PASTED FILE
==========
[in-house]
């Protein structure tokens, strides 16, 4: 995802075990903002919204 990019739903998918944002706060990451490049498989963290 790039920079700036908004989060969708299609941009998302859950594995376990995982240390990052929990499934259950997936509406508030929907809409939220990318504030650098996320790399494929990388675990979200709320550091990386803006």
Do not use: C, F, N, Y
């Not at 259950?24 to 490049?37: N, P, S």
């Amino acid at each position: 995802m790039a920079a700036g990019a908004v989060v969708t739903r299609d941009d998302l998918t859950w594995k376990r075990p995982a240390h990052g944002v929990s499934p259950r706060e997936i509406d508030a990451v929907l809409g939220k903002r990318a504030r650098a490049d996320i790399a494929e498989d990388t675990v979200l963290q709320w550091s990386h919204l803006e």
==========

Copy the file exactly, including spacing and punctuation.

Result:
[in-house]
């Protein structure tokens, strides 16, 4: 995802075990903002919204 990019739903998918944002706060990451490049498989963290 790039920079700036908004989060969708299609941009998302859950594995376990995982240390990052929990499934259950997936509406508030929907809409939220990318504030650098996320790399494929990388675990979200709320550091990386803006």
Do not use: C, F, N, Y
């Not at 259950?24 to 490049?37: N, P, S």
């Amino acid at each position: 995802m790039a920079a700036g990019a908004v989060v969708t739903r299609d941009d998302l998918t859950w594995k376990r075990p995982a240390h990052g944002v929990s499934p259950r706060e997936i509406d508030a990451v929907l809409g939220k903002r990318a504030r650098a490049d996320i790399a494929e498989d990388t675990v979200l963290q709320w550091s990386h919204l803006e």